Author(s): Stuart Cosgrove
Second in the award-winning soul music trilogy following Detroit 67--featuring Memphis artists Isaac Hayes, Mahalia Jackson, Otis Redding, and others.
In the 1950s and 1960s, Memphis, Tennessee, was the launchpad for musical pioneers such as Aretha Franklin, Elvis Presley, Johnny Cash, Al Green, and Isaac Hayes, and by 1968, it was a city synonymous with soul music. It was a deeply segregated city, ill at ease with the modern world and yet to adjust to the era of civil rights and racial integration. Stax Records offered an escape from the turmoil of the real world for many soul and blues musicians, with much of the music created there becoming the soundtrack to the civil rights movement.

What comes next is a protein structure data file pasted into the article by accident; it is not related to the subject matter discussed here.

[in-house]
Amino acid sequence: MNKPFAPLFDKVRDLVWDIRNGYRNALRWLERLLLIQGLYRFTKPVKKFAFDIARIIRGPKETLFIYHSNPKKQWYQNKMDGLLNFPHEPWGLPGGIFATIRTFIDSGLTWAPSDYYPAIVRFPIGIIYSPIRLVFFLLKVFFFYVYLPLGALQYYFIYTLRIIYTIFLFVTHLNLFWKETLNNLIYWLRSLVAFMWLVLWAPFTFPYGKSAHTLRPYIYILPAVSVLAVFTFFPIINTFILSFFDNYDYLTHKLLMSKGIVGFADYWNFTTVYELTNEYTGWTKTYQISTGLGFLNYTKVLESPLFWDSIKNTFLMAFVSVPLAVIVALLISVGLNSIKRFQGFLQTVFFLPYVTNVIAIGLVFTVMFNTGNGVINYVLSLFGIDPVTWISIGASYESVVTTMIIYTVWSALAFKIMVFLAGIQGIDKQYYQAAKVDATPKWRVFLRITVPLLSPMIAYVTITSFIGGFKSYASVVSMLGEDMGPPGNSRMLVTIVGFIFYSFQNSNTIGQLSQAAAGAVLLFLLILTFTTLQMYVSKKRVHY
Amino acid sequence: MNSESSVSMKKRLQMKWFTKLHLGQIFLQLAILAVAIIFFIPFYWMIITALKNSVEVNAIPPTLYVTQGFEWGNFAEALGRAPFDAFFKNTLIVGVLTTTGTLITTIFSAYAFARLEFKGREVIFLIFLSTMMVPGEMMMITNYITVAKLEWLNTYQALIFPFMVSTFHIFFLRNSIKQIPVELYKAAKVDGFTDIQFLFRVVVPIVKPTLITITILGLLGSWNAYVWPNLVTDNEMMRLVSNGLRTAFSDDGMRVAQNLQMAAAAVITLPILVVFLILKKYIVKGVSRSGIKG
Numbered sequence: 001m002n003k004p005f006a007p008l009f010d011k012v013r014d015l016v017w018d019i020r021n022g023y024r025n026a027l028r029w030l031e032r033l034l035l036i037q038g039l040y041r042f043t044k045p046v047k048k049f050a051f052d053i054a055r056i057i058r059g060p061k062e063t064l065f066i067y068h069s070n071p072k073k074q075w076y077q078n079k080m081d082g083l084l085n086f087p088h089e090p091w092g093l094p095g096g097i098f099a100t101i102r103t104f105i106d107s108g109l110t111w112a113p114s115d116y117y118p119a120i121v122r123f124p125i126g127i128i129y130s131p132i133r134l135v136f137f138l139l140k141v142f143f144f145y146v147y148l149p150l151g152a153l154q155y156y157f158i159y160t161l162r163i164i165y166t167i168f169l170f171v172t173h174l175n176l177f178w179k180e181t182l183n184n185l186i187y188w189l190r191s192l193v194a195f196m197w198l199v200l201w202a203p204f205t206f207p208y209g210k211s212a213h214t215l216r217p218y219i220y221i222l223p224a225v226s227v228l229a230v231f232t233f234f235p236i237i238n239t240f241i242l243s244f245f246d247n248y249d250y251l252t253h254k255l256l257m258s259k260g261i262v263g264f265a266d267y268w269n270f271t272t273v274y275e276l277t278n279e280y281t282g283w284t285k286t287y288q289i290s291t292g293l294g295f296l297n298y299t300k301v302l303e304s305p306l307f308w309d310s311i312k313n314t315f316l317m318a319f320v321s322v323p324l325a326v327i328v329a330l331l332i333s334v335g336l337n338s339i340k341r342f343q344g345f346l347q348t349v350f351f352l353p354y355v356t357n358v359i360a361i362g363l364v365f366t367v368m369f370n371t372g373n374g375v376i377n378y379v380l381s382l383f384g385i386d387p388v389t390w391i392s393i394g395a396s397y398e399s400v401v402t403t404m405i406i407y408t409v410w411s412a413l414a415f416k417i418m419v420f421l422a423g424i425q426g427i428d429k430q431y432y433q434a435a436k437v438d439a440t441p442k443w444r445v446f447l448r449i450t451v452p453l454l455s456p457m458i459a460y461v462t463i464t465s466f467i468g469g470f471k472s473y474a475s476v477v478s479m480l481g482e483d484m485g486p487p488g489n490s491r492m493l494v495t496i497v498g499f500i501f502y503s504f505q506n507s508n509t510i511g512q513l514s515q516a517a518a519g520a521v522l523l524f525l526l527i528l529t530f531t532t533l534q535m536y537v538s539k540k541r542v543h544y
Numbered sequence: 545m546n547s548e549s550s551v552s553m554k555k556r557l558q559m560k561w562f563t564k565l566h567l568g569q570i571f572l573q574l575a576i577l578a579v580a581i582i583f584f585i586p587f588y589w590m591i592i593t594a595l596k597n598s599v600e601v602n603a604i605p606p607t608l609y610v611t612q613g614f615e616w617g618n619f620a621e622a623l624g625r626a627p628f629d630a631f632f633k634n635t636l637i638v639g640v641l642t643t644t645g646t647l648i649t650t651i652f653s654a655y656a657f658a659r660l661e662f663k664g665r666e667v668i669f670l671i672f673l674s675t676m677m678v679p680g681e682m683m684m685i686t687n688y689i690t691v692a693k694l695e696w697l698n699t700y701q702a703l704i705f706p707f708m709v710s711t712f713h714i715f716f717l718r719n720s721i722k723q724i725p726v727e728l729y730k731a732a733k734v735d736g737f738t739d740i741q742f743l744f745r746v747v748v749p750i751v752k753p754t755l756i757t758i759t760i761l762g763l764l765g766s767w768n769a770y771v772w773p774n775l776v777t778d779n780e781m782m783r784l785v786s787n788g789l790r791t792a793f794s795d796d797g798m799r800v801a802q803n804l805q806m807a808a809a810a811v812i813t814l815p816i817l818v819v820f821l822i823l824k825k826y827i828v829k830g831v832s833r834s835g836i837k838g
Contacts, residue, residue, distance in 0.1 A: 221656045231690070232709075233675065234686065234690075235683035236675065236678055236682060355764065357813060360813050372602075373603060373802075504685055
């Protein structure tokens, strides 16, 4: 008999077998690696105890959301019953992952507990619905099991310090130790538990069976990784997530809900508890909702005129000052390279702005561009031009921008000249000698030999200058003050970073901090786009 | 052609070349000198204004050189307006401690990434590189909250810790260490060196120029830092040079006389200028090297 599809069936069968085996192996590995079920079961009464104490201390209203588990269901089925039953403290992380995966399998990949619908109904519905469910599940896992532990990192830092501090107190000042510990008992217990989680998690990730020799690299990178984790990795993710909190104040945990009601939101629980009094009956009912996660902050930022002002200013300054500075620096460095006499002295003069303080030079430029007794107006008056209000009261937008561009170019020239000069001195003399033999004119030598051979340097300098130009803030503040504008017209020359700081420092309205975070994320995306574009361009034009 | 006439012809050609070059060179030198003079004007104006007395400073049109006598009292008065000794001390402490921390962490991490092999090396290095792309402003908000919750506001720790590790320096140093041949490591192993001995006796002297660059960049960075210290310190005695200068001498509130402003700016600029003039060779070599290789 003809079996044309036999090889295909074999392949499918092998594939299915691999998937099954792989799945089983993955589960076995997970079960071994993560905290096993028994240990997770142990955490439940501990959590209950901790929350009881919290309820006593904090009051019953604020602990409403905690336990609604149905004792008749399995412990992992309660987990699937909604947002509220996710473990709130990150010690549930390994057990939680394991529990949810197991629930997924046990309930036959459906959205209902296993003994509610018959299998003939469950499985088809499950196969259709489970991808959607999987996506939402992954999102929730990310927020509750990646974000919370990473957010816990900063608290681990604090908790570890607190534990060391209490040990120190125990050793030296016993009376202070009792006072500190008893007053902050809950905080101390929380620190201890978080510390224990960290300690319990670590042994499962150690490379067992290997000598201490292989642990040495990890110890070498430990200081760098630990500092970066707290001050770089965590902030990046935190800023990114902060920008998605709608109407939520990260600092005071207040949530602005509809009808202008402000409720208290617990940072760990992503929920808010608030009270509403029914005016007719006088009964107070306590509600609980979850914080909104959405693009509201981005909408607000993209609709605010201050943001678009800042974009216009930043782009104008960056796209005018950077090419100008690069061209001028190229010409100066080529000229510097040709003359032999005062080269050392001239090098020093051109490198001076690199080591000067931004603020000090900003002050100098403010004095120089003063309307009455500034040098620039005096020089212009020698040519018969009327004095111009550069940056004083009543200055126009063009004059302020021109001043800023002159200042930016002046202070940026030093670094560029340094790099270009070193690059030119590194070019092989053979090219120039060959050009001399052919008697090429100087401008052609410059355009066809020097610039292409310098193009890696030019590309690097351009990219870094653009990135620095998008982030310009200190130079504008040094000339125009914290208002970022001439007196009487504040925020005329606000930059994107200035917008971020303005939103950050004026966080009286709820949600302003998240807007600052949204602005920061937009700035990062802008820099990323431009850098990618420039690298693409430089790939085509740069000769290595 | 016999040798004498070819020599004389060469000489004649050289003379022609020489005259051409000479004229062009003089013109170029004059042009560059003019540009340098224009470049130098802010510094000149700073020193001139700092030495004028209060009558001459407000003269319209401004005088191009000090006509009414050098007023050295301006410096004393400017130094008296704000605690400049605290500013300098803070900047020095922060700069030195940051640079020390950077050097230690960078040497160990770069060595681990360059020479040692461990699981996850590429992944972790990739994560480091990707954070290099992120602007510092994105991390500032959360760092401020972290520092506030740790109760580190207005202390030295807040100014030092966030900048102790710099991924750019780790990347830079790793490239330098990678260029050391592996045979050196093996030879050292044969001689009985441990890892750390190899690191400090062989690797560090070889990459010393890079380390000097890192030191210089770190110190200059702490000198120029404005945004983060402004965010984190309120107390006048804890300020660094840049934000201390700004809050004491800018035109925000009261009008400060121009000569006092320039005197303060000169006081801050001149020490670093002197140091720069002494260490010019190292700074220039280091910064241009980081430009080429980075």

The book opens with the death of the city's most famous recording artist, Otis Redding, who died in a plane crash in the final days of 1967, and then follows the fortunes of Redding's label, Stax/Volt Records, as its fortunes fall and rise again. But as the tense year unfolds, the city dominates world headlines for the worst of reasons: the assassination of civil rights leader Martin Luther King Jr.
Winner of the Penderyn Music Book Prize in 2018
"As ever, Cosgrove's lucid, entertaining prose is laden with detail, but never at the expense of the wider narrative. Hinging on that Memphis destination, he traces the savage dichotomy at the city's heart: it was the site of multi-racial soul imprint Stax, but also the place where Martin Luther King was killed. A heartbreaking but essential read, and one that feels remarkably timely." --Clash Magazine